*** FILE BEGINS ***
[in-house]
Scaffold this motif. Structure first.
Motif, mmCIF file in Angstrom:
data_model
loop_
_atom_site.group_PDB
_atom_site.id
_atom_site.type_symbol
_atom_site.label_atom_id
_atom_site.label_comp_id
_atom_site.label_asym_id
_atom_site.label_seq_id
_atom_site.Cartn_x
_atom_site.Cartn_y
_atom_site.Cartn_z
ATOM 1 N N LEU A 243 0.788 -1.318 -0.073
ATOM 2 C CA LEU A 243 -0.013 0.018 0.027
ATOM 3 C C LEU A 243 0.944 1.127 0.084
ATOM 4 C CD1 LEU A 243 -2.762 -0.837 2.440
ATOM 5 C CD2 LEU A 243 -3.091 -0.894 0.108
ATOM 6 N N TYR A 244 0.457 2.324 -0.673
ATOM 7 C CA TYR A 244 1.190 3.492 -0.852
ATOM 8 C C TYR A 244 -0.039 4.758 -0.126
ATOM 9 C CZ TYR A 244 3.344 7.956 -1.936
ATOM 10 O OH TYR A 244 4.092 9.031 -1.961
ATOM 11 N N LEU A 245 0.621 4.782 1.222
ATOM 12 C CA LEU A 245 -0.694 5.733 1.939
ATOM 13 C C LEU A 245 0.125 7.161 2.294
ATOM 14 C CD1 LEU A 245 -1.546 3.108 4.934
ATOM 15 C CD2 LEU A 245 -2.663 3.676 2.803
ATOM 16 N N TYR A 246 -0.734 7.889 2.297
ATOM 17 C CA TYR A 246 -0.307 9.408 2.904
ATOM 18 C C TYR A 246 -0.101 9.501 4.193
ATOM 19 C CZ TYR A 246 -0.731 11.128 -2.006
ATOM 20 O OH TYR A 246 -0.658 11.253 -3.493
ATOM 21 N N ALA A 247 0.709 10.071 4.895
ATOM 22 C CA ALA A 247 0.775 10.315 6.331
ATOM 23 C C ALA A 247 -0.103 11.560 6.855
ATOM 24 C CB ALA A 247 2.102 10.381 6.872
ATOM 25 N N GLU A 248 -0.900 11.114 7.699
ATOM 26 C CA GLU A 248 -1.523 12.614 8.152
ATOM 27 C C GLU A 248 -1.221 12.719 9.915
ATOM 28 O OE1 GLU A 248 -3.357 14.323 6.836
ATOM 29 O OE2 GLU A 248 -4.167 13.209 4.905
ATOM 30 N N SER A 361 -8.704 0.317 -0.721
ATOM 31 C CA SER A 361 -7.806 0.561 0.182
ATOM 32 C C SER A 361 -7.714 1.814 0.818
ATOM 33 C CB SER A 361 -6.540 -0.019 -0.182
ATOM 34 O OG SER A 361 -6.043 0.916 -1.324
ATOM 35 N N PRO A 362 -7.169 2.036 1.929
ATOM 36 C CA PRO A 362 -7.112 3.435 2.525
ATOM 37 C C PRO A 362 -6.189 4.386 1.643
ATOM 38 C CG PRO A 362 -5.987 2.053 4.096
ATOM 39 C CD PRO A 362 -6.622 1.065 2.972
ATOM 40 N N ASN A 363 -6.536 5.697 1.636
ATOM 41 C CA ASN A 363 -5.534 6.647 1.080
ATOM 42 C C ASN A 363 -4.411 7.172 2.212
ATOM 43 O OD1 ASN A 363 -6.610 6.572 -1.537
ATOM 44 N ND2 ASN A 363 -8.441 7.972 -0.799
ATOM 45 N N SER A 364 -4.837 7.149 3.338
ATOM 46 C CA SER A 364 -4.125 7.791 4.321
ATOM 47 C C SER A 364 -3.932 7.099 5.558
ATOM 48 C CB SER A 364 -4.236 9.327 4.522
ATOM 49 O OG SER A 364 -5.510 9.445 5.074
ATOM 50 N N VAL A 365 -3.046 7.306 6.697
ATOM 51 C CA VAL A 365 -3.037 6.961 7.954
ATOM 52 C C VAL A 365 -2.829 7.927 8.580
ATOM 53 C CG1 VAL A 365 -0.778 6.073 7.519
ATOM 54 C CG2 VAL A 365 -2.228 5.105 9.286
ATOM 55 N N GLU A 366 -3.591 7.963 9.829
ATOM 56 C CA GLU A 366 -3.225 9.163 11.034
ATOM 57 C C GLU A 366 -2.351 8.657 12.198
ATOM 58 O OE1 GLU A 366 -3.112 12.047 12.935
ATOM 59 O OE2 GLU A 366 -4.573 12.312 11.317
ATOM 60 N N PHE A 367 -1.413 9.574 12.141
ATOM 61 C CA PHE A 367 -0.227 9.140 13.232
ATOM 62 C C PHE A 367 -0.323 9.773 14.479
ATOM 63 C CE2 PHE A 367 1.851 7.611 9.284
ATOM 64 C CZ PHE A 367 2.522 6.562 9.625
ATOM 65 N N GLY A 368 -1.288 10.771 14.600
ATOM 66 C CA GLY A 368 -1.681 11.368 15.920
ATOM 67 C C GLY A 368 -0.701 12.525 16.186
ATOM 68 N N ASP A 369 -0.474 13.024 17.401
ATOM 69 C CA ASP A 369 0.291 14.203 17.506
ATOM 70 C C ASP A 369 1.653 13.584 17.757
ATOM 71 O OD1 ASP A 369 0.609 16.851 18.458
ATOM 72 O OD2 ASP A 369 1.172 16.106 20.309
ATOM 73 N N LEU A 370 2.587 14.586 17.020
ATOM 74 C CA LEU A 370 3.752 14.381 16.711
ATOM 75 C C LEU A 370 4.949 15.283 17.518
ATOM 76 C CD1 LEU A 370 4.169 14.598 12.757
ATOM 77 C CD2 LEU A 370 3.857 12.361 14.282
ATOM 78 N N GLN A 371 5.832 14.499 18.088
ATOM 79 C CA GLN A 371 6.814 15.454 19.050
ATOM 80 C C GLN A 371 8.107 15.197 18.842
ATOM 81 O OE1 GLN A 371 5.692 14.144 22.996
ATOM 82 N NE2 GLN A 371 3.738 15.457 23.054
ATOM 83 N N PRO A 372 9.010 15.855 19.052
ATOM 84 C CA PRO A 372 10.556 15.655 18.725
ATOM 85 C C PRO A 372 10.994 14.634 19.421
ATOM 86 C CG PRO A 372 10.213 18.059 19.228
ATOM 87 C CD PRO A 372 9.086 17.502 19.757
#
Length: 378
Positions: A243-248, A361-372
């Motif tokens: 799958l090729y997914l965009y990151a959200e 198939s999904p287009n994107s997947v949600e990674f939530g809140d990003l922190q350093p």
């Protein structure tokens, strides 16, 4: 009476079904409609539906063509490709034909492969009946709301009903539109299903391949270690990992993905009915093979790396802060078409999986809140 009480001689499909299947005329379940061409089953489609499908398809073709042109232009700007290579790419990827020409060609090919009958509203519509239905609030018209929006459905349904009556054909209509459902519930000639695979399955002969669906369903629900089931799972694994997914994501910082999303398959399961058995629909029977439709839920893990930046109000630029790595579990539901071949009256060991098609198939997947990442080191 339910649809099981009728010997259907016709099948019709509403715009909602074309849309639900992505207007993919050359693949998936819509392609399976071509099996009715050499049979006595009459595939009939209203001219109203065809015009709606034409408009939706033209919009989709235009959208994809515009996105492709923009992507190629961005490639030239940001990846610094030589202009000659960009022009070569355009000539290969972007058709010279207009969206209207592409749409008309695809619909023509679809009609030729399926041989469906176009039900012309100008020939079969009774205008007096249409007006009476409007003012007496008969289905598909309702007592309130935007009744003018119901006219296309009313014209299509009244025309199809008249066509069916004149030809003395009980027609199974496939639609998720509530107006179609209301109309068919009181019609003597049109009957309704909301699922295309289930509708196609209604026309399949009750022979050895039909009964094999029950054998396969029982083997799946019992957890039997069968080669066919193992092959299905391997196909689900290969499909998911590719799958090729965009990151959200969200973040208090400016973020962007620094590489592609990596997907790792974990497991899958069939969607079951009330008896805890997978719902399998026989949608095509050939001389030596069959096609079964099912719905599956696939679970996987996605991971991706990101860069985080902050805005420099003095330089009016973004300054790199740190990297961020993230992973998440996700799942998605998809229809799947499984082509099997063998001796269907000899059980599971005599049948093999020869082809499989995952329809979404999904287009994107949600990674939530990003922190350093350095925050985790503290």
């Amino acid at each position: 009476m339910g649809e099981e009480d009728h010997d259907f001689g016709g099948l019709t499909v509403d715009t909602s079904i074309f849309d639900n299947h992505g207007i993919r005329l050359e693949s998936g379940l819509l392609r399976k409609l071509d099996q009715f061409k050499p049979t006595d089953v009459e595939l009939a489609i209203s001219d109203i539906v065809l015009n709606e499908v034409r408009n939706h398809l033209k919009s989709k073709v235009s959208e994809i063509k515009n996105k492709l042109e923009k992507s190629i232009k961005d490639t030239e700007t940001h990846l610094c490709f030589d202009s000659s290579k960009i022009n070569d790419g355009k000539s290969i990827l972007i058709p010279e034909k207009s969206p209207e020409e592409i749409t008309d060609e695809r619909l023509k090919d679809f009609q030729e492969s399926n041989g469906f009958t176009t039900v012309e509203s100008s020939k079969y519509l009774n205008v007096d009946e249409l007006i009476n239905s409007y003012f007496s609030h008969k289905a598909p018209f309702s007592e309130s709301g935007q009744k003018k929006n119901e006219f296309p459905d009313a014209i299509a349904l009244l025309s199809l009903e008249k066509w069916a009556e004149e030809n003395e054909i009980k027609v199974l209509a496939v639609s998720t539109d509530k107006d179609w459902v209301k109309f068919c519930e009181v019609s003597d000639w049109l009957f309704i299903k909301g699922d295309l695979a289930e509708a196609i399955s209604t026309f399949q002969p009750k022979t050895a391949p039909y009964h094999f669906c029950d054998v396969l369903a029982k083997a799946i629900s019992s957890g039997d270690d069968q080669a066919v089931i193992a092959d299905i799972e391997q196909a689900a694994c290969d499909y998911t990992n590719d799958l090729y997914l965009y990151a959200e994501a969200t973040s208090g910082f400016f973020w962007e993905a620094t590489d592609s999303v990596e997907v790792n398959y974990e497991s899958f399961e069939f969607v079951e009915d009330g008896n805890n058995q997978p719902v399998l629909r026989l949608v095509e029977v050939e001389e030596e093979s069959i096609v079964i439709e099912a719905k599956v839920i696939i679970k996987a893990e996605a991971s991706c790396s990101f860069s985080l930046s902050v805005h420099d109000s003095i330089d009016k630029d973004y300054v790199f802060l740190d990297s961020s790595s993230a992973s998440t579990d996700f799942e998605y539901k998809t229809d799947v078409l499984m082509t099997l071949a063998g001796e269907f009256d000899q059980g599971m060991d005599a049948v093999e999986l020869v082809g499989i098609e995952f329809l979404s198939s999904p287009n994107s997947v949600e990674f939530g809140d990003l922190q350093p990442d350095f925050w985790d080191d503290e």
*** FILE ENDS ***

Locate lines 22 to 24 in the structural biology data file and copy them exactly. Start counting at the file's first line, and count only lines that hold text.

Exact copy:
ATOM 7 C CA TYR A 244 1.190 3.492 -0.852
ATOM 8 C C TYR A 244 -0.039 4.758 -0.126
ATOM 9 C CZ TYR A 244 3.344 7.956 -1.936